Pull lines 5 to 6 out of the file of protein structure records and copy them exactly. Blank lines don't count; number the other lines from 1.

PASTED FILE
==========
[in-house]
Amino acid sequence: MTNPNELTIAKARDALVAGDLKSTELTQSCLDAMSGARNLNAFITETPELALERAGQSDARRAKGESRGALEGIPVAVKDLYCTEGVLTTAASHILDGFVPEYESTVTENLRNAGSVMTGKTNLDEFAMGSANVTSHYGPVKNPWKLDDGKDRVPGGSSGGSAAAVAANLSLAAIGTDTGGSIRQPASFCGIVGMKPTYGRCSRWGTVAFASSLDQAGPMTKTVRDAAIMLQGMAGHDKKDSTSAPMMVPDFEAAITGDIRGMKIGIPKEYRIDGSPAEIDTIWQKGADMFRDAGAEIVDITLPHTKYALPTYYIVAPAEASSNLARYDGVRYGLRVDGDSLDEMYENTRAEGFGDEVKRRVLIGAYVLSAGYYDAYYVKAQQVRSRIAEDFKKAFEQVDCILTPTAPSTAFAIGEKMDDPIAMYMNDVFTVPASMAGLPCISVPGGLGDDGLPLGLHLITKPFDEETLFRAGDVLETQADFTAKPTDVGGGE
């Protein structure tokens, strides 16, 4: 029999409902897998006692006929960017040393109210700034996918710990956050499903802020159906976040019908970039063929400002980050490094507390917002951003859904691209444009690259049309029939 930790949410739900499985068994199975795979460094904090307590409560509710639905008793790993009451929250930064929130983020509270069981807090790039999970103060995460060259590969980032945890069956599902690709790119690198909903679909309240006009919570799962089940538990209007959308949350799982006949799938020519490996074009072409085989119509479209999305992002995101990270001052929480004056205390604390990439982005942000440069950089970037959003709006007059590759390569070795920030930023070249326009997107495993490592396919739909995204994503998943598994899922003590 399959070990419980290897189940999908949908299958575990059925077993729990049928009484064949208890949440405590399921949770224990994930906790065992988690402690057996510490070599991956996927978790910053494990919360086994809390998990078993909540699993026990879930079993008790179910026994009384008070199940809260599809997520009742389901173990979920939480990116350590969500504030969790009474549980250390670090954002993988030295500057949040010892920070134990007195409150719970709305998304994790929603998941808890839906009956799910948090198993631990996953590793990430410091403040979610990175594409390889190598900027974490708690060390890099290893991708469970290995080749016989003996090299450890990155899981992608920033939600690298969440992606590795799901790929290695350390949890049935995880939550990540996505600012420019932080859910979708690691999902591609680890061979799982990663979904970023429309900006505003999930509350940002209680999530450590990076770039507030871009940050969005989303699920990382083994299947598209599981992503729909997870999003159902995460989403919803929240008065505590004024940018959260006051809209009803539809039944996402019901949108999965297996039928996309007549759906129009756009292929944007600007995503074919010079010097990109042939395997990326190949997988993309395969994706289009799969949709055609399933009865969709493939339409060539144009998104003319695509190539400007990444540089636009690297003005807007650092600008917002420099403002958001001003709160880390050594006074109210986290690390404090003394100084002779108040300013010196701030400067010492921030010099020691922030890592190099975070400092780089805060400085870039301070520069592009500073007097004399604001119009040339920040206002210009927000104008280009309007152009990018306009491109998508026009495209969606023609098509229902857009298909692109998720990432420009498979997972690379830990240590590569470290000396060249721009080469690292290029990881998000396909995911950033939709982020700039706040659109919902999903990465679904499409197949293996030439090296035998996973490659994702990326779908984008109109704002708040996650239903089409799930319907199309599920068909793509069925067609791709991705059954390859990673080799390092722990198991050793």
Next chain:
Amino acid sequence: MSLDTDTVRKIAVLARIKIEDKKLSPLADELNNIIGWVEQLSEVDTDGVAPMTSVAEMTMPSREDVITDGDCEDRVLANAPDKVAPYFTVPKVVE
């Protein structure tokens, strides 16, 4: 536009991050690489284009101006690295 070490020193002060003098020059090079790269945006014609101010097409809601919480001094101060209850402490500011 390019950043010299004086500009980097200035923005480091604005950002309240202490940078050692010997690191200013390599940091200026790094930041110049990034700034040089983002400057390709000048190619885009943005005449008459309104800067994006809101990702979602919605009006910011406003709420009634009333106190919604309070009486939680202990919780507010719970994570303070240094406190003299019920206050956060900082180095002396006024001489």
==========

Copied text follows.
Amino acid sequence: MSLDTDTVRKIAVLARIKIEDKKLSPLADELNNIIGWVEQLSEVDTDGVAPMTSVAEMTMPSREDVITDGDCEDRVLANAPDKVAPYFTVPKVVE
């Protein structure tokens, strides 16, 4: 536009991050690489284009101006690295 070490020193002060003098020059090079790269945006014609101010097409809601919480001094101060209850402490500011 390019950043010299004086500009980097200035923005480091604005950002309240202490940078050692010997690191200013390599940091200026790094930041110049990034700034040089983002400057390709000048190619885009943005005449008459309104800067994006809101990702979602919605009006910011406003709420009634009333106190919604309070009486939680202990919780507010719970994570303070240094406190003299019920206050956060900082180095002396006024001489």